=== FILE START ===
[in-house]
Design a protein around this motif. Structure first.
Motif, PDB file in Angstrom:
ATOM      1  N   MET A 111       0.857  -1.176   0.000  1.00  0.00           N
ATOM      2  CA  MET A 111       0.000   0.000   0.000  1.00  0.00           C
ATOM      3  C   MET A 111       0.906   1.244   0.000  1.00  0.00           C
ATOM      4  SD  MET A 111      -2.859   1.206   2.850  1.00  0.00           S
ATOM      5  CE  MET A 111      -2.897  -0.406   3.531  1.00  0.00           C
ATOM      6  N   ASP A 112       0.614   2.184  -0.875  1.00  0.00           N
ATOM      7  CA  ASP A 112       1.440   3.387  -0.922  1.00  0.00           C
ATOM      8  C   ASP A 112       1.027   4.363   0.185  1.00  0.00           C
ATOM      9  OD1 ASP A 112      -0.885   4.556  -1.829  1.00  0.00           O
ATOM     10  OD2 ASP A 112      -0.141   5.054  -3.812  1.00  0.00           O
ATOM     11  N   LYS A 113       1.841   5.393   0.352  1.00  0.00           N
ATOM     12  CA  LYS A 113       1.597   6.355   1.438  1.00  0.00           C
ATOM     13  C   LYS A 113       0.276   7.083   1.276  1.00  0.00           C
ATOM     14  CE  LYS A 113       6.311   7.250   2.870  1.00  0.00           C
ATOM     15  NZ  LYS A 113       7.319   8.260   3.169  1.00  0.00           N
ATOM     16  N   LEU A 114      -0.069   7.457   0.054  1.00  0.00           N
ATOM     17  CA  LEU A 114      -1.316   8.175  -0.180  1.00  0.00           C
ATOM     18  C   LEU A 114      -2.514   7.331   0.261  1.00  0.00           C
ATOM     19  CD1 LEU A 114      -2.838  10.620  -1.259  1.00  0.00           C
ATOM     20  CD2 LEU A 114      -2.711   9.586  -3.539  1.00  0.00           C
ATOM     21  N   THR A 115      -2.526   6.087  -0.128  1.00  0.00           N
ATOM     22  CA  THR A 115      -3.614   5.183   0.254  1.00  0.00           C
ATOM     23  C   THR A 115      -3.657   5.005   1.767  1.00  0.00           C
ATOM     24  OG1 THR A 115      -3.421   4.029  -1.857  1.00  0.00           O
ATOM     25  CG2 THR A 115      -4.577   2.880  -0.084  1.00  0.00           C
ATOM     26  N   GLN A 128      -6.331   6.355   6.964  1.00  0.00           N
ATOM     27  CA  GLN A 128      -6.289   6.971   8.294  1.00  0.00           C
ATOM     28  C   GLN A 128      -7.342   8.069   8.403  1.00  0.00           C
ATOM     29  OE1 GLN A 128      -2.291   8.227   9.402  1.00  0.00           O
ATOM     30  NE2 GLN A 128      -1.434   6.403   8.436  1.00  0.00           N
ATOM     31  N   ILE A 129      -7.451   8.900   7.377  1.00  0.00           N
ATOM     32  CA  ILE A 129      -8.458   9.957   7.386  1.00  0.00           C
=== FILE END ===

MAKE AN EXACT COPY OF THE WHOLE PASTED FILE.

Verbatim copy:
[in-house]
Design a protein around this motif. Structure first.
Motif, PDB file in Angstrom:
ATOM      1  N   MET A 111       0.857  -1.176   0.000  1.00  0.00           N
ATOM      2  CA  MET A 111       0.000   0.000   0.000  1.00  0.00           C
ATOM      3  C   MET A 111       0.906   1.244   0.000  1.00  0.00           C
ATOM      4  SD  MET A 111      -2.859   1.206   2.850  1.00  0.00           S
ATOM      5  CE  MET A 111      -2.897  -0.406   3.531  1.00  0.00           C
ATOM      6  N   ASP A 112       0.614   2.184  -0.875  1.00  0.00           N
ATOM      7  CA  ASP A 112       1.440   3.387  -0.922  1.00  0.00           C
ATOM      8  C   ASP A 112       1.027   4.363   0.185  1.00  0.00           C
ATOM      9  OD1 ASP A 112      -0.885   4.556  -1.829  1.00  0.00           O
ATOM     10  OD2 ASP A 112      -0.141   5.054  -3.812  1.00  0.00           O
ATOM     11  N   LYS A 113       1.841   5.393   0.352  1.00  0.00           N
ATOM     12  CA  LYS A 113       1.597   6.355   1.438  1.00  0.00           C
ATOM     13  C   LYS A 113       0.276   7.083   1.276  1.00  0.00           C
ATOM     14  CE  LYS A 113       6.311   7.250   2.870  1.00  0.00           C
ATOM     15  NZ  LYS A 113       7.319   8.260   3.169  1.00  0.00           N
ATOM     16  N   LEU A 114      -0.069   7.457   0.054  1.00  0.00           N
ATOM     17  CA  LEU A 114      -1.316   8.175  -0.180  1.00  0.00           C
ATOM     18  C   LEU A 114      -2.514   7.331   0.261  1.00  0.00           C
ATOM     19  CD1 LEU A 114      -2.838  10.620  -1.259  1.00  0.00           C
ATOM     20  CD2 LEU A 114      -2.711   9.586  -3.539  1.00  0.00           C
ATOM     21  N   THR A 115      -2.526   6.087  -0.128  1.00  0.00           N
ATOM     22  CA  THR A 115      -3.614   5.183   0.254  1.00  0.00           C
ATOM     23  C   THR A 115      -3.657   5.005   1.767  1.00  0.00           C
ATOM     24  OG1 THR A 115      -3.421   4.029  -1.857  1.00  0.00           O
ATOM     25  CG2 THR A 115      -4.577   2.880  -0.084  1.00  0.00           C
ATOM     26  N   GLN A 128      -6.331   6.355   6.964  1.00  0.00           N
ATOM     27  CA  GLN A 128      -6.289   6.971   8.294  1.00  0.00           C
ATOM     28  C   GLN A 128      -7.342   8.069   8.403  1.00  0.00           C
ATOM     29  OE1 GLN A 128      -2.291   8.227   9.402  1.00  0.00           O
ATOM     30  NE2 GLN A 128      -1.434   6.403   8.436  1.00  0.00           N
ATOM     31  N   ILE A 129      -7.451   8.900   7.377  1.00  0.00           N
ATOM     32  CA  ILE A 129      -8.458   9.957   7.386  1.00  0.00           C